The cold front hit between 5 and 6 a.m. Sunday with temperatures rapidly dropping in the first hour from 58 degrees to 45 and not stopping the fall until hitting 15 in the predawn hours Monday.
Since the Arctic cold front which is assaulting the country was dry and windy when it got to Upshur County with only small amounts of rainfall reported between 6 a.m. and 8 a.m., power outages did not result.
“We only had scattered outages,” said Doug Murphy of Upshur Rural Electric Cooperative Monday. “We dodged a bullet for the second time. We also dodged a bullet when we had no ice accumulations in December.”
For the sake of crops and plants, December was wet, thereby protecting them against shock, unlike 2011.
For the last five months of 2010, the airport reporting station recorded only 9.03 inches, with one inch falling in December. It was the start of the protracted drought, which led to the wildfire season of Labor Day 2011 and beyond.
While 2011 started cold in February, it also had three months, July, August, and September, when the temperature reached 109 degrees Fahrenheit. With that brutal hot, dry weather, conditions were ripe for any spark to create wildfires.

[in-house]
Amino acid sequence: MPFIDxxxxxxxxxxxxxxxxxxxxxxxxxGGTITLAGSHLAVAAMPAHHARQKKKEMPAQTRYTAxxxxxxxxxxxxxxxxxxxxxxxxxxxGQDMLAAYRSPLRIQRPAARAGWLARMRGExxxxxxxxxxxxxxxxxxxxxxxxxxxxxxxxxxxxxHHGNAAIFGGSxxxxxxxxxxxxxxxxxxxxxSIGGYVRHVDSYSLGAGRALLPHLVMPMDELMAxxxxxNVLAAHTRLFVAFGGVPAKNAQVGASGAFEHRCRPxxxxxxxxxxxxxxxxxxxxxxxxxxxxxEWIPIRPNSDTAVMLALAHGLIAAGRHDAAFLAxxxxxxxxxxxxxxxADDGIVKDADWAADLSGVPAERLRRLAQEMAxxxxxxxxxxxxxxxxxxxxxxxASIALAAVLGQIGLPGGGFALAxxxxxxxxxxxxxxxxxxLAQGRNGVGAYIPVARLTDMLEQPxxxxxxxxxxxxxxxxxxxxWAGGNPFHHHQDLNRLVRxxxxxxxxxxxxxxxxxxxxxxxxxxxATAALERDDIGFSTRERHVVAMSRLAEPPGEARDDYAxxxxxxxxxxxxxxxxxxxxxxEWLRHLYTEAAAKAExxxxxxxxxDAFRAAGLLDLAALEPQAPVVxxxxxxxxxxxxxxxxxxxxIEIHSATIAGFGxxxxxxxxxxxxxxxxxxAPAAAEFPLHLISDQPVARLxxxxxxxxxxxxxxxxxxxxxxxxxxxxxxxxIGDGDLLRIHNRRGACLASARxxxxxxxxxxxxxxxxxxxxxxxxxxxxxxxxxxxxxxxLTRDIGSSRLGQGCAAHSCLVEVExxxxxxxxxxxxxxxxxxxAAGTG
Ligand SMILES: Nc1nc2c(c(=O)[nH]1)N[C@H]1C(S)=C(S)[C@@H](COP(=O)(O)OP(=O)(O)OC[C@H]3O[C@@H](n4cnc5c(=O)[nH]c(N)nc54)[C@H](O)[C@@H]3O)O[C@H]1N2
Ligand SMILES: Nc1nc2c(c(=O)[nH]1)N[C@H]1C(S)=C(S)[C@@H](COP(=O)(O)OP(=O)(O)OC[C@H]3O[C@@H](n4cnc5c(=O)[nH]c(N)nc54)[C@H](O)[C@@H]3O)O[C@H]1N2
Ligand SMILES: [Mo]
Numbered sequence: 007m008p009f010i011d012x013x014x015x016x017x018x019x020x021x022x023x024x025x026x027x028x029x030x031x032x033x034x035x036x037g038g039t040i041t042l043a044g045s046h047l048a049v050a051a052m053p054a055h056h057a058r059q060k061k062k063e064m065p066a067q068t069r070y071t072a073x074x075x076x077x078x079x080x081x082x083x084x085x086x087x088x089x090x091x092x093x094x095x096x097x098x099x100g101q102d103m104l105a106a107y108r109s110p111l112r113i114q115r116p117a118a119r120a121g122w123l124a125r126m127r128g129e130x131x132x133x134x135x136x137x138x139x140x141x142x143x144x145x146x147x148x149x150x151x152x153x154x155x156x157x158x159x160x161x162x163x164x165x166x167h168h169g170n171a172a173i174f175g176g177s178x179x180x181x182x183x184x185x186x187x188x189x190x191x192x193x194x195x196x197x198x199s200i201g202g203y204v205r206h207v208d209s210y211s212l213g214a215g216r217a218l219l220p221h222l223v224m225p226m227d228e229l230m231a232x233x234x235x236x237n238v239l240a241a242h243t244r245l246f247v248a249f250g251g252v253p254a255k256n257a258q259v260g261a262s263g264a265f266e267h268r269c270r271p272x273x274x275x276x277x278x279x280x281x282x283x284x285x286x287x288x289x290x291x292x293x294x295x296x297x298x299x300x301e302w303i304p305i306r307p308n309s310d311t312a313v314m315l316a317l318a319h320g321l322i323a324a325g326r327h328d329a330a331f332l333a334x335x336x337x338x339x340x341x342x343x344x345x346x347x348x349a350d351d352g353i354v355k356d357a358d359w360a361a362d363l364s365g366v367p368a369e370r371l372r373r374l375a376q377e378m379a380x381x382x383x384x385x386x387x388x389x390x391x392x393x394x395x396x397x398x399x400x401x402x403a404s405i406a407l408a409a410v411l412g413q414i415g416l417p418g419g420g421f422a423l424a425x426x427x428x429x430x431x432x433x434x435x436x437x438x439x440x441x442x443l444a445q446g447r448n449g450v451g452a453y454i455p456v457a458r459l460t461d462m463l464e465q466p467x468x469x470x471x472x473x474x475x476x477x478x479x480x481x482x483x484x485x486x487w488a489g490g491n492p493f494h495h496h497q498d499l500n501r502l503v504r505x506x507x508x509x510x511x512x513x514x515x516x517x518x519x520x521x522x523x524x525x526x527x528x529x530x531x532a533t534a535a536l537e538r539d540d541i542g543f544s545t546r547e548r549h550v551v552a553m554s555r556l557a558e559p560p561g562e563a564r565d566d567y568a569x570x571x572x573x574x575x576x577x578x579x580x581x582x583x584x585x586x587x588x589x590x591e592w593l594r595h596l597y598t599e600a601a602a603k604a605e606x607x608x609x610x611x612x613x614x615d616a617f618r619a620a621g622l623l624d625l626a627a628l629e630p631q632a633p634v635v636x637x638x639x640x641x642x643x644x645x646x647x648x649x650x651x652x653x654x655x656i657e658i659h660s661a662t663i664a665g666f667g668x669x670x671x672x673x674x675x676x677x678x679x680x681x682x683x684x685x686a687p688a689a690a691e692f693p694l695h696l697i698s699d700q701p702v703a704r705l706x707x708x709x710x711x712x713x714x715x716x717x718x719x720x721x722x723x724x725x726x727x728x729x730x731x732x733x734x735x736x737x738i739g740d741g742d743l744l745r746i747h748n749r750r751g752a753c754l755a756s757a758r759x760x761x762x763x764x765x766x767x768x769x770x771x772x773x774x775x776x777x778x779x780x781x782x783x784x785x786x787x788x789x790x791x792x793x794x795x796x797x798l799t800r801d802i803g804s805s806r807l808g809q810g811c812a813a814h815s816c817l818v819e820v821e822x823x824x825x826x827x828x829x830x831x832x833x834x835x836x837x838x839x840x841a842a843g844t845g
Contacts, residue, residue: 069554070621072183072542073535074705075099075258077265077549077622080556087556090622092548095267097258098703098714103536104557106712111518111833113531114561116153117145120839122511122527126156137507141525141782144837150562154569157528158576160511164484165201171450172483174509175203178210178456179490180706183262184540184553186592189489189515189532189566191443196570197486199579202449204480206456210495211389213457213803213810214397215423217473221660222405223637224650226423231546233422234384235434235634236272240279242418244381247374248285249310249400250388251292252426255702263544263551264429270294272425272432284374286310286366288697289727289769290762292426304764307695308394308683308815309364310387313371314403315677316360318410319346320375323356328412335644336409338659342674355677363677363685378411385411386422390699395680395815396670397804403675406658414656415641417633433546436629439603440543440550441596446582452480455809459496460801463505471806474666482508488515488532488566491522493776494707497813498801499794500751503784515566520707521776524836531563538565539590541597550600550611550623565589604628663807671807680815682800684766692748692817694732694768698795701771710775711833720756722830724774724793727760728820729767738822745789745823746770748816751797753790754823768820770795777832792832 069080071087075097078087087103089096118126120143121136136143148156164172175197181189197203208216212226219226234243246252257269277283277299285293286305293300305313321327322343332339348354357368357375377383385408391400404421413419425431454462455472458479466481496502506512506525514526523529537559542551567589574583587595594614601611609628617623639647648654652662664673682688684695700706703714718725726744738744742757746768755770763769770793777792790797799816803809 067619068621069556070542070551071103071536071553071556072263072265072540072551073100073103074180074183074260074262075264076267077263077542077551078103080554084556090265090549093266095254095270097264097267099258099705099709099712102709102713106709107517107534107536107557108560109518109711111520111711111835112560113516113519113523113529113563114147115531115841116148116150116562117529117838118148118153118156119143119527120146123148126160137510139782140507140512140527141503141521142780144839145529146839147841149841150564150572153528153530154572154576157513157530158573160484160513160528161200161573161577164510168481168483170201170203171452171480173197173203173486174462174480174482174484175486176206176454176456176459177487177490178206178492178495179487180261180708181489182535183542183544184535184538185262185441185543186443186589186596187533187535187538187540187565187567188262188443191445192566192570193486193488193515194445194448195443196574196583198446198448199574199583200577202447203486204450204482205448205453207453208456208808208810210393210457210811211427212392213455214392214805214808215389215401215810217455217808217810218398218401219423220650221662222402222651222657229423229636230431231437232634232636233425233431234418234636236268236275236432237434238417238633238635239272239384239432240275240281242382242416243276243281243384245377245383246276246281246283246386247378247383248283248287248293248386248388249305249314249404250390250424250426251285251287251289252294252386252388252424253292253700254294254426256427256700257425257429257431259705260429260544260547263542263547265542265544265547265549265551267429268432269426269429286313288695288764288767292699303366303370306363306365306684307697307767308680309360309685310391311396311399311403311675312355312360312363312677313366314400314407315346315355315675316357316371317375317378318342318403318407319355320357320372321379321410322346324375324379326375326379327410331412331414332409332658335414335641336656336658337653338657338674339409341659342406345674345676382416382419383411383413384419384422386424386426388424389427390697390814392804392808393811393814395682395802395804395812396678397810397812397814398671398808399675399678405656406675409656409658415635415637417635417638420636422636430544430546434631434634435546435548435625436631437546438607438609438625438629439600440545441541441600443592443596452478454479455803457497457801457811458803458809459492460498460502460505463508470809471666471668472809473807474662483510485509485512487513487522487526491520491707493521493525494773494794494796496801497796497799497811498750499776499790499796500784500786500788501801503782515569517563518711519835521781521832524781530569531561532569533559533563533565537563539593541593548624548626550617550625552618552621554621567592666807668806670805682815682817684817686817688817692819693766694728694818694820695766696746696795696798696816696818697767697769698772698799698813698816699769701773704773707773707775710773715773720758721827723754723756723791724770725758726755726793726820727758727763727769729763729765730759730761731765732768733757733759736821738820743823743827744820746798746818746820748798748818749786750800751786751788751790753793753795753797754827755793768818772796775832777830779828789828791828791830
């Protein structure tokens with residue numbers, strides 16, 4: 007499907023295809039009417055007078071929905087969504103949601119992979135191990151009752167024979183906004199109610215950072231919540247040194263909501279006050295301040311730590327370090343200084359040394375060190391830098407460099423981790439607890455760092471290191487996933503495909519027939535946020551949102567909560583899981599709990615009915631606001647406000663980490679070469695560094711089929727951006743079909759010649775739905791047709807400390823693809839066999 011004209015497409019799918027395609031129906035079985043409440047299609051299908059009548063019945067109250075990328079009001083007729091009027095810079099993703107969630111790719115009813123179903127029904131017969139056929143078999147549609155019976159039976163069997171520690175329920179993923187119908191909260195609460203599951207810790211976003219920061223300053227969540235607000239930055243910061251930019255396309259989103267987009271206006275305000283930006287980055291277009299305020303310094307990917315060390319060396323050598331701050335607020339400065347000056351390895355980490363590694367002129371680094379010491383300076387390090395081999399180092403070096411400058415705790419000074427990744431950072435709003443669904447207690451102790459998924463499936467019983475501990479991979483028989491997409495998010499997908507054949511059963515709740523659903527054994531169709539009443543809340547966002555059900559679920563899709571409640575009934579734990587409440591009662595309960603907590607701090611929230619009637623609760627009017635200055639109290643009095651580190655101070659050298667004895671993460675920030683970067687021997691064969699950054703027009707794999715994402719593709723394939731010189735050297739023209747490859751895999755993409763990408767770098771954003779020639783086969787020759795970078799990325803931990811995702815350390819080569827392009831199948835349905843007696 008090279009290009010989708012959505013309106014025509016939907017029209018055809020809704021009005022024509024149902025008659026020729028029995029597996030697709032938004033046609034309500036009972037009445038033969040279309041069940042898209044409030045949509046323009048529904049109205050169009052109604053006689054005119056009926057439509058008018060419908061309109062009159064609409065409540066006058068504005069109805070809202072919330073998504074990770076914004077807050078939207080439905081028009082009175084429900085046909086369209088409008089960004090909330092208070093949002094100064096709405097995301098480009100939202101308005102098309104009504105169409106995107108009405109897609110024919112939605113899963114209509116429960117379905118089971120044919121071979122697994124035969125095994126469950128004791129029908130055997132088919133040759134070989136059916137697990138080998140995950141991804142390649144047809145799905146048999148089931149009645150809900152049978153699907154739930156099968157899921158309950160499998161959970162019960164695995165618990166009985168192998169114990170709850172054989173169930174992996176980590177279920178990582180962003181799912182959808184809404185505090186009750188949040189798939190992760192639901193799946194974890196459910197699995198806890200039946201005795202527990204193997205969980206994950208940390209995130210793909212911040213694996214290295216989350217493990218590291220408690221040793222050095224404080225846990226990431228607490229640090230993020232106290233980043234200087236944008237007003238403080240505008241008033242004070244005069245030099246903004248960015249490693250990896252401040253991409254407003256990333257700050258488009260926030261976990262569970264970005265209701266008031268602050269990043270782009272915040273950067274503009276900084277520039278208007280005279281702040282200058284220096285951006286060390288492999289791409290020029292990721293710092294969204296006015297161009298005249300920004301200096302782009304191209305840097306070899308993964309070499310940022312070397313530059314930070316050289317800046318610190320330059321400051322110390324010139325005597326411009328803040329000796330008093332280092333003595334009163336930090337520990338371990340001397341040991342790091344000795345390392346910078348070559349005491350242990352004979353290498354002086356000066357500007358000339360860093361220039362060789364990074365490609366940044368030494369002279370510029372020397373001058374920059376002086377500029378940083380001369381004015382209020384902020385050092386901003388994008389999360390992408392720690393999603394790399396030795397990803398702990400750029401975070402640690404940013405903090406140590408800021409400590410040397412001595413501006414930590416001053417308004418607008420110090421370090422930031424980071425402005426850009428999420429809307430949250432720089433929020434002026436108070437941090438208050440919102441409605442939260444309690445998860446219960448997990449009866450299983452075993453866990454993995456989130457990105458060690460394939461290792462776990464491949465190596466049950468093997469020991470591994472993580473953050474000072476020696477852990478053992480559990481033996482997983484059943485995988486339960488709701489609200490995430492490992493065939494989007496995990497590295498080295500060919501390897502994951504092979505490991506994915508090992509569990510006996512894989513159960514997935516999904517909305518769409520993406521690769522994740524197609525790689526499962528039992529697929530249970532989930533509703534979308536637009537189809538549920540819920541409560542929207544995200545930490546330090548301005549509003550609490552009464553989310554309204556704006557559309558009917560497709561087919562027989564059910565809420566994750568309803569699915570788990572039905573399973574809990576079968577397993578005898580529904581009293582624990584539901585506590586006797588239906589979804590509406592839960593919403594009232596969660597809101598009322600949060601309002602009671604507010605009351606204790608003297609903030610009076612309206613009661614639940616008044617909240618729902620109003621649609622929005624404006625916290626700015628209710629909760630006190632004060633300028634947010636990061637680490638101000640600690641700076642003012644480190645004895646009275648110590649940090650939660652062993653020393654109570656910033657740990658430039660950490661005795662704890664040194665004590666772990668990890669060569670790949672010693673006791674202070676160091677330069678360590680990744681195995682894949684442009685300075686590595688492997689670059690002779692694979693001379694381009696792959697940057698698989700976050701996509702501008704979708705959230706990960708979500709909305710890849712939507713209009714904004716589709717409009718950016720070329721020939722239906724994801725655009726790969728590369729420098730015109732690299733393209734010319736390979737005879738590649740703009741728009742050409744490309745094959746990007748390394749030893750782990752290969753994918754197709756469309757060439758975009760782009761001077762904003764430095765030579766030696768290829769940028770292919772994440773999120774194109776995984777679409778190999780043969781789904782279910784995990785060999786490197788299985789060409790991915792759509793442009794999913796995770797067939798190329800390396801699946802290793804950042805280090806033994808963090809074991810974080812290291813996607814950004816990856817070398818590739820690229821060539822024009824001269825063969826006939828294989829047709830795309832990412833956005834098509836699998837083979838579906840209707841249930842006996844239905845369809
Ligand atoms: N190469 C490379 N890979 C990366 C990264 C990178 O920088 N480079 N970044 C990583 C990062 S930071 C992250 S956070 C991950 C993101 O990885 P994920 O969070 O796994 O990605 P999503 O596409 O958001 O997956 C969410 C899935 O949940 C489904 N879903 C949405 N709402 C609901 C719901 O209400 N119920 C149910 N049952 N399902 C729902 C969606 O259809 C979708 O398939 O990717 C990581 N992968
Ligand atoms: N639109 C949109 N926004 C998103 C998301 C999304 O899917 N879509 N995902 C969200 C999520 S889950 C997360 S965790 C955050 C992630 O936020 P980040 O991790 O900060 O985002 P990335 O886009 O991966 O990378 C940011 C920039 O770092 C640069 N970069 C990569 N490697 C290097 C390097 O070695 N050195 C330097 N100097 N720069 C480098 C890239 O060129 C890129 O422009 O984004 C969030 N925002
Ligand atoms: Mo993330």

By contrast, 2013 had an unusually wet fall and winter, breaking that dry spell with 7.82 inches in September, 14.22 in October, 5.52 in November, and 4.57 in December. The total for 2013 was reported to be 57.86 inches, well above the normal annual rainfall of 47.55 inches.
As a result, 2013 finished out with a total exceeding 40 inches for the first time since 2009. The rains which came with the Equinox in September erased the risk of wildfires.
With the low temperatures already hitting the lowest in three years, one can wonder if the summer months will reach 109 each month as they did in 2011. One can also hope not, especially for the sake of our volunteer firefighters.